A notable feature from the recently concluded elite tournament at Wijk aan Zee was the abject failure of former world champion Vladimir Kramnik, who finished in equal last place. I have been conjecturing that it might be time for him to put his pieces back in the box, in the style of the Rubaiyat of Omar Khayyam.
Tis all a Chequer-board of nights and days.
Where Destiny with men for Pieces plays:
Hither and thither moves, and mates, and slays,
And one by one back in the closet lays.
He could evolve into an elder statesman for the new Fidé regime led by Arkady Dvorkovich and his vice-president Nigel Short. Now, at the age of 43, he has stunned the chess world by taking this dramatic step, announcing his retirement from active play. This week’s game must be one of the reasons that persuaded him the time had come to withdraw from the hurly-burly of international competitive chess.
Vidit-Kramnik: Tata Steel Masters, Wijk aan Zee 2019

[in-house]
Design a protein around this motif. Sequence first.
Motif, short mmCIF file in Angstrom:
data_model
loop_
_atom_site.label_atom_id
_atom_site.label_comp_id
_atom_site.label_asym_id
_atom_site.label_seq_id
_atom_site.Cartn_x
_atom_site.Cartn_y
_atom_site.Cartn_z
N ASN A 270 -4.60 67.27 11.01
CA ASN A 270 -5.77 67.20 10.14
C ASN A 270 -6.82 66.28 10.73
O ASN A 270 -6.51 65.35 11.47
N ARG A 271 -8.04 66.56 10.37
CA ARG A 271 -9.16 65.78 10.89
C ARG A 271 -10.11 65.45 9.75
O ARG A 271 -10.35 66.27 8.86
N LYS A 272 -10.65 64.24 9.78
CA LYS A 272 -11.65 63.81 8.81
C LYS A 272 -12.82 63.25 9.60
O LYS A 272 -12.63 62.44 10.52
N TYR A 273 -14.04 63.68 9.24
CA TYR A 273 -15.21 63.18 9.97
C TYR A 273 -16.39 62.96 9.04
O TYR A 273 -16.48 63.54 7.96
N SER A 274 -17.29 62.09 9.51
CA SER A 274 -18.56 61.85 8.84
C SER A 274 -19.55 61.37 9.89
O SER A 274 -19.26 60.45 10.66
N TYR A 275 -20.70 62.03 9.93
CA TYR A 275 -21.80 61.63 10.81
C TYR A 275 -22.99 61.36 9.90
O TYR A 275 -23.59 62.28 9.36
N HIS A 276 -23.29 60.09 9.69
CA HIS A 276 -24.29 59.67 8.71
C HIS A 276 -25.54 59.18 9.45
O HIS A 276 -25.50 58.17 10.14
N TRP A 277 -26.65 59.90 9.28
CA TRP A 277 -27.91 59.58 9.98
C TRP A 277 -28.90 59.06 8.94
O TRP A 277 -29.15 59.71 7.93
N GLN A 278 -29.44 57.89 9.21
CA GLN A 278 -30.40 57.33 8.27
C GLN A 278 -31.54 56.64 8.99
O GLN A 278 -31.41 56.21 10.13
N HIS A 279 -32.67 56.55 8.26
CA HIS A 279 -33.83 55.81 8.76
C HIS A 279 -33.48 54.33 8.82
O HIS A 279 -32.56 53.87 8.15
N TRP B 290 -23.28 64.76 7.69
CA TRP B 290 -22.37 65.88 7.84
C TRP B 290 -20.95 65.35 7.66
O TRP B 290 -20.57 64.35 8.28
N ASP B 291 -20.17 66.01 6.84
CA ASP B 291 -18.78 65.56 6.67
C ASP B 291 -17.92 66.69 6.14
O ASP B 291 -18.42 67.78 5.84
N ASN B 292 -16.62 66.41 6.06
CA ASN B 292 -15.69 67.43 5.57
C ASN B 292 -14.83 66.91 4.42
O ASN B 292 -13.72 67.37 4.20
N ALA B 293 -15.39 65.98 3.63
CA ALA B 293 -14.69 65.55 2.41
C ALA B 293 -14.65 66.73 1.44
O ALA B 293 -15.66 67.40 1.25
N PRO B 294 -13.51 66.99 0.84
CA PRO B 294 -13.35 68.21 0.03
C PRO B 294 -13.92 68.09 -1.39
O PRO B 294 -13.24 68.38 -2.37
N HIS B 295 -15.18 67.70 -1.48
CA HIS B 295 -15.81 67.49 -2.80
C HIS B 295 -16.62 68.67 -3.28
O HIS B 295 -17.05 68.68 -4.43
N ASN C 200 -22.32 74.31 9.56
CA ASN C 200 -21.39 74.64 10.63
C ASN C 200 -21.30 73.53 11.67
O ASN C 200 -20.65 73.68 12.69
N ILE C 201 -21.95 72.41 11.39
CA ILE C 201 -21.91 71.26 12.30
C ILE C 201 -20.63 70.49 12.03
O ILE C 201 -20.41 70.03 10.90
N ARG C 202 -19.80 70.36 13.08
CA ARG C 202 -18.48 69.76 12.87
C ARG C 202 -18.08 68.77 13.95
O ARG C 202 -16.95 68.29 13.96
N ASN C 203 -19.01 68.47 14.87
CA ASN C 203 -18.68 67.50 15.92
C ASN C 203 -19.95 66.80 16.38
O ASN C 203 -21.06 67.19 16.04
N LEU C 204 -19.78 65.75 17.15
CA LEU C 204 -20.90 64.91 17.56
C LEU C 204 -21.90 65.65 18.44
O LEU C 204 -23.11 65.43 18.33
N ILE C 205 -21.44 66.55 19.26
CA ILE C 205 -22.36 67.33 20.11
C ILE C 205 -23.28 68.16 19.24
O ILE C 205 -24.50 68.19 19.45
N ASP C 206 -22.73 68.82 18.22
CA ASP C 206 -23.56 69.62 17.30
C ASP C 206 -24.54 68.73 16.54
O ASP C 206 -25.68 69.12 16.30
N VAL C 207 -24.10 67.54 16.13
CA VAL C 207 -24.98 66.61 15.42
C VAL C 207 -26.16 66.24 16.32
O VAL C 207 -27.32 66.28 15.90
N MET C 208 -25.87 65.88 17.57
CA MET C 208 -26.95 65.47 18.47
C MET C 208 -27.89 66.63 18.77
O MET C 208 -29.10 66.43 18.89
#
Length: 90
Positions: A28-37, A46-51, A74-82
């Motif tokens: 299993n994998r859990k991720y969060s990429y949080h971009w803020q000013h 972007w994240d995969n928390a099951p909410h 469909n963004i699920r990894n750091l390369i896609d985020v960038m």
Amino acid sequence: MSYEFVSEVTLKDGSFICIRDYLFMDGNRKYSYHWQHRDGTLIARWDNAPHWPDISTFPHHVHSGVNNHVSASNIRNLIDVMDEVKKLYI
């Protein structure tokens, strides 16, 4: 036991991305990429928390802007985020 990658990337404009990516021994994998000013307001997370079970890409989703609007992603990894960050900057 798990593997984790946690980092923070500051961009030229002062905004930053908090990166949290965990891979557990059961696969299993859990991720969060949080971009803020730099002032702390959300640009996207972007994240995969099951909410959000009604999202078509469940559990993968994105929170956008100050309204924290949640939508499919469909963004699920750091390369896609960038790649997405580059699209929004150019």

1 d4 Nf6 2 c4 e6 3 Nc3 Bb4 4 f3 d5 5 a3 Bxc3+ 6 bxc3 c5 7 cxd5 exd5 8 e3 c4 This is a well-known variation of the Nimzo-Indian Defence. The struggle primarily revolves around White’s efforts to advance in the centre with e4. If he can achieve this he will gain the advantage. If not then Black will be okay. A vital component of White’s strategy is to position his king’s bishop along the b1-h7 diagonal. Black has two methods of forestalling this, either by … Bf5 or, more radically, here with … c4. 9 Ne2 Nc6 10 g4 Na5 11 Bg2 Nb3 12 Rb1 In an almost identical situation from their 2013 World Championship match in Chennai, Anand chose to place his rook on a2 against Carlsen. 12 … 0-0 13 0-0 b5 Kramnik had doubtless underestimated White’s following pawn sacrifice. In any case after 13 … Re8 to restrain White from playing e4, White can continue with 14 Ng3 when White’s central advance cannot be held back long. 14 e4 dxe4 15 fxe4 Nxc1 16 Qxc1 Bxg4 17 Nf4 Rb8 18 h3 Bd7 19 e5 Ne8 20 Qe3 (see diagram 1) 20 … Rb6 The black position is somewhat depressing to defend but the text move fails to untangle his pieces. The best defence is 20 … Nc7 21 d5 Qg5 intending … Rbe8. 21 d5 Nc7 22 d6 Bisecting the board and leaving Black’s queen’s rook stranded. 22 … Ne6 23 Nd5 Ra6 24 Rf5 White’s concentration of force against the black king is utterly decisive. Kramnik indulges in a harmless flank demonstration with his queen’s rook but by this stage his position is beyond good and evil. 24 … Qh4 25 Rbf1 Rxa3 26 Ne7+ Kh8 27 Rxf7 Rxf7 28 Rxf7 Qh5 (see diagram 2) 29 Qf4 Black resigns An elegant conclusion. The threat is 30 Rf8+ and 29 … Nxf4 evidently fails to the immediate 30 Rf8 mate.
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